A toast to public speaking

Mike McNasby knows how to catch his audience’s attention. At a recent Temple Toastmasters meeting, McNasby took out his cell phone to call his high school teacher, CJ Mills, to congratulate him on the recent

Mike McNasby knows how to catch his audience’s attention.

At a recent Temple Toastmasters meeting, McNasby took out his cell phone to call his high school teacher, CJ Mills, to congratulate him on the recent birth of his son.

“You never want to burn bridges,” McNasby said. He placed the call, putting the phone on speaker mode so the 16 people in the room could hear. “OK, we’ll see if he picks up.”

Miles never answered, but McNasby still left a message of congratulations. McNasby believes networking is an important key to success, and for his speech on networking he used his relationship with his high school teacher as an example of how to maintain relationships that could benefit you in the future.

“You’re either networking or you’re not working,” he said.

Students like McNasby are honing their speech-giving skills through Temple Toastmasters, a 2-year-old organization that promotes the art of speech giving to help students form “effective communication, presentation and leadership skills,” according to the group’s mission statement. Toastmasters is an international organization at the corporate and collegiate levels with more than 10,000 clubs in 90 countries, McNasby said. Philadelphia’s Blue Cross Blue Shield has a large group of employees active with Toastmasters.

“[Belonging to the group] looks awesome on your resume,” he said.

As a salesman at Best Buy, McNasby, a junior broadcast, telecommunications and mass media major, found he had difficulty answering on-the-spot questions posed by customers about products. Now the director of public relations for Toastmasters, McNasby’s impromptu speaking skills have come a long way since he joined last spring.

“I didn’t give my first speech until the second semester I was in Toastmasters,” he said. The group suggests that all members give at least one speech each semester. “[But] nothing is required. Self improvement really is voluntary. The people who show up and have the idea that public speaking is good for them, more power to them.”

New members introduce themselves to the group with an “ice breaker” speech, where speakers simply talk about themselves. Members tighten their skills by working through the group’s list of themed speeches. Speakers give speeches on topics by “getting to the point” or talking about “how to” do something.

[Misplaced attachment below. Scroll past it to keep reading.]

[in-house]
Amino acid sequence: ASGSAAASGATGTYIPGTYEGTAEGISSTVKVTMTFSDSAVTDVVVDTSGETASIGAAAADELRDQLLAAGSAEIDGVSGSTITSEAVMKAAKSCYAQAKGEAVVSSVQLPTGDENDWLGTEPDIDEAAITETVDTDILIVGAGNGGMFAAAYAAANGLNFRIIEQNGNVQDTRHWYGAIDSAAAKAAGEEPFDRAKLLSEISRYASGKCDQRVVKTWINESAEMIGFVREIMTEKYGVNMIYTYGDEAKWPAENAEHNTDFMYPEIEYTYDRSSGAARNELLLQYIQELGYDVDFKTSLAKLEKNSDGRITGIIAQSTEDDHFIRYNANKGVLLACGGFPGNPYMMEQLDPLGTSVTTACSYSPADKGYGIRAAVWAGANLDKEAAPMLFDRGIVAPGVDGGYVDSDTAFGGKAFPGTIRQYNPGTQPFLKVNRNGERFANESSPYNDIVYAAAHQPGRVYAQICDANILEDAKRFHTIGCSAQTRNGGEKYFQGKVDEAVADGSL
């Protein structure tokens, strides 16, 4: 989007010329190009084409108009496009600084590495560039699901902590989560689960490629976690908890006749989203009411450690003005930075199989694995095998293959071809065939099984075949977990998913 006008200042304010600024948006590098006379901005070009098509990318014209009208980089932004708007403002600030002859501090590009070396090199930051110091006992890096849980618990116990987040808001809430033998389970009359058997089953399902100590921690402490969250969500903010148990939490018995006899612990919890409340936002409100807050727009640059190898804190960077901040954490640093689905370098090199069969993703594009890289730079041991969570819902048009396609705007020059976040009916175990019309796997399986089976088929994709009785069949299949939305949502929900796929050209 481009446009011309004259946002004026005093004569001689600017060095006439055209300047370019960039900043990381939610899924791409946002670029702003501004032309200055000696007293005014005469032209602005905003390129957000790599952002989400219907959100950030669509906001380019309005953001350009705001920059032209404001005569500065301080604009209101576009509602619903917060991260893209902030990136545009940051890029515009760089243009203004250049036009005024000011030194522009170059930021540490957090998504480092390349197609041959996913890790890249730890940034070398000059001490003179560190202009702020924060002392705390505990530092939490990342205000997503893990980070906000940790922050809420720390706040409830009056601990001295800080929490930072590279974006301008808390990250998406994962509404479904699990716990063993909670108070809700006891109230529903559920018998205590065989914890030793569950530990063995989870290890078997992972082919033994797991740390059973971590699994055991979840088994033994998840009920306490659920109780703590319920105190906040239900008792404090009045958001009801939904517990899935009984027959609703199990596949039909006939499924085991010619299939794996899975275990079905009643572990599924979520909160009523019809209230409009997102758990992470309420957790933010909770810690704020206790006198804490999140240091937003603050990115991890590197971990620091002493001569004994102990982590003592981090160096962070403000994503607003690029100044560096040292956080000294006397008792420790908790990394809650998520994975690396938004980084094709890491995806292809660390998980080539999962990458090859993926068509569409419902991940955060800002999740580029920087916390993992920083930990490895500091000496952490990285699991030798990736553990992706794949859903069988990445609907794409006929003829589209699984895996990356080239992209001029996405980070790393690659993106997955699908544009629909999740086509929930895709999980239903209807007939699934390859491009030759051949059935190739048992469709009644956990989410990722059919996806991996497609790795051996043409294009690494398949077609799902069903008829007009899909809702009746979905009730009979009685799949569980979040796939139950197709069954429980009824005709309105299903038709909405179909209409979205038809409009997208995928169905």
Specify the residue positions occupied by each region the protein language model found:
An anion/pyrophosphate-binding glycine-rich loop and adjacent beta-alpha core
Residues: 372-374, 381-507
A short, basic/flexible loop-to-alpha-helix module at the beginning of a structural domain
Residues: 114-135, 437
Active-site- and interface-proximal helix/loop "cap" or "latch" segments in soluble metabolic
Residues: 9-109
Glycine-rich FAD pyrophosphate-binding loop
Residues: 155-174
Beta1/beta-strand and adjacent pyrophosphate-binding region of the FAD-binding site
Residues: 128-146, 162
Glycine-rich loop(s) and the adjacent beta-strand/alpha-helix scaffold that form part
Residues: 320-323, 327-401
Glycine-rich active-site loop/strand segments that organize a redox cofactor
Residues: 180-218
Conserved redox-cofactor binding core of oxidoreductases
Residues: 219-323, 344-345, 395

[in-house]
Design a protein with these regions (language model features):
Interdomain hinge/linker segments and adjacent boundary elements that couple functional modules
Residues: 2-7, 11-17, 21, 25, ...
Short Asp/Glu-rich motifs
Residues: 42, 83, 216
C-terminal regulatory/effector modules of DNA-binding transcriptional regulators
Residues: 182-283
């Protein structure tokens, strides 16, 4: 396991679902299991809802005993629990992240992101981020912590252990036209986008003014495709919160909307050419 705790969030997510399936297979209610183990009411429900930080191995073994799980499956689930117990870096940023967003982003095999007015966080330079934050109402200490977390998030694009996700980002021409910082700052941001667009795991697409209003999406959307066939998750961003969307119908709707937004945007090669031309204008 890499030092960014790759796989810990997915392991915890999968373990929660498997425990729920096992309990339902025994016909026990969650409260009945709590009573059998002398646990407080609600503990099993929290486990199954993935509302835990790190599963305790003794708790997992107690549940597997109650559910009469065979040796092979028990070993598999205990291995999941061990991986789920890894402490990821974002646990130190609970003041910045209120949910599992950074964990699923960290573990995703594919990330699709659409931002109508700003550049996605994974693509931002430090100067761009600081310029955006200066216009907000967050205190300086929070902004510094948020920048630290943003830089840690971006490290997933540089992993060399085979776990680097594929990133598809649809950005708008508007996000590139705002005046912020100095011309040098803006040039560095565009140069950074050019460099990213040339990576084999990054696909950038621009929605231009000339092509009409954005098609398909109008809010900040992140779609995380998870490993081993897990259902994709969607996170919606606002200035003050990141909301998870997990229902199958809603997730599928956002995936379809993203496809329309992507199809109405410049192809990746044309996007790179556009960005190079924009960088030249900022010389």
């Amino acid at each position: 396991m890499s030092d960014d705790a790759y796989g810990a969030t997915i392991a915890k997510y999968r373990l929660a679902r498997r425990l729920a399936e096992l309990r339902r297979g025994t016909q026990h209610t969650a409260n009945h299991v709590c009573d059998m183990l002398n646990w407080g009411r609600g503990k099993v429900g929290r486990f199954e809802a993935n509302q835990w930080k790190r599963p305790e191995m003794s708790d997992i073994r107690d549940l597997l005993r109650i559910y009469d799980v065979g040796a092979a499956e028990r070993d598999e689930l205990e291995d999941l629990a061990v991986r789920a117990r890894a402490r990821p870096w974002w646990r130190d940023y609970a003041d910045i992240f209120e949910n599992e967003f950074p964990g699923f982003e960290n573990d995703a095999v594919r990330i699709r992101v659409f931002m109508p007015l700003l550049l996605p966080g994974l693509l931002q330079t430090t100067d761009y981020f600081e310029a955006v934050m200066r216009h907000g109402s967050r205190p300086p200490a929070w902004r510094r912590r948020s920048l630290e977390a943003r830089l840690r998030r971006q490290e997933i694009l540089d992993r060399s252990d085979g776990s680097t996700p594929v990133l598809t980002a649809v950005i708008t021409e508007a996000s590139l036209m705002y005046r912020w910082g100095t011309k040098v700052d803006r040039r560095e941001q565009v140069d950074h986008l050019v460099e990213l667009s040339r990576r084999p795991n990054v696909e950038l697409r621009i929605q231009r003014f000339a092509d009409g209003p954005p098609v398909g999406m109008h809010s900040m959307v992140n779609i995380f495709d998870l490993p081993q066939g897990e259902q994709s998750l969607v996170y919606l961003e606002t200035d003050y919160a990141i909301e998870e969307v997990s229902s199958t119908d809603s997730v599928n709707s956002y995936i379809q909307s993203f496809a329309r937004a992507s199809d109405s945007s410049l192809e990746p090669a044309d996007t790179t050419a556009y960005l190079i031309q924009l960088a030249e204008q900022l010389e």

Each meeting four members give a prepared speech to the group. A pre-assigned evaluator uses a scoring sheet to rate the speech. The evaluator comments to the group on the speaker’s strengths and weaknesses and makes suggestions for improvement.

The meeting’s timer signals the minute marks of a speech by holding up ping-pong paddles, while the meeting’s official “ah counter” records the number of “ahs” and “ums” spoken during a speech. Speakers pay ten cents for each flub, and the money goes to the chosen speaker of the day.

With an engaging and open view to speech giving, Toastmasters helps students learn the communication skills they’d learn in a speech class but in a fun and relaxed environment, McNasby said.

“In a speech class you’re required to write a speech, while here, you’re not,” McNasby said. “There you’re hurried along, but with us, it’s your pace. I don’t think [speech classes are] as personal as Toastmasters.”

Meetings conclude with “table topics,” an impromptu speaking activity that has participants answer a question in two minutes or less.

Questions like ‘Who would you take to jail with you?’ require the speaker to be witty and to the point – communication skills important to anyone, no matter their major or career aspirations.

While the organization is based out of the business school, “Most of the people are actually in the communications school,” McNasby said. “[But] Toastmasters is great for anyone. If you’re an art major and you’re sitting there trying to explain [to someone] what the heck you just painted, perfect.”

Membership fees are $40 for new members and $25 each semester for renewing members. Fees purchase members a new member kit, which includes a copy of the basic Communication and Leadership manual, orientation materials, information on speech evaluation and general speech giving tips.

Interested students can attend a Temple Toastmasters meeting, held every Friday in Speakman Hall room 213, from 11:30 p.m. to 12:40 p.m.

Sammy Davis can be reached at s.davis@temple.edu.

1 Comment

Leave a Reply

Your email address will not be published.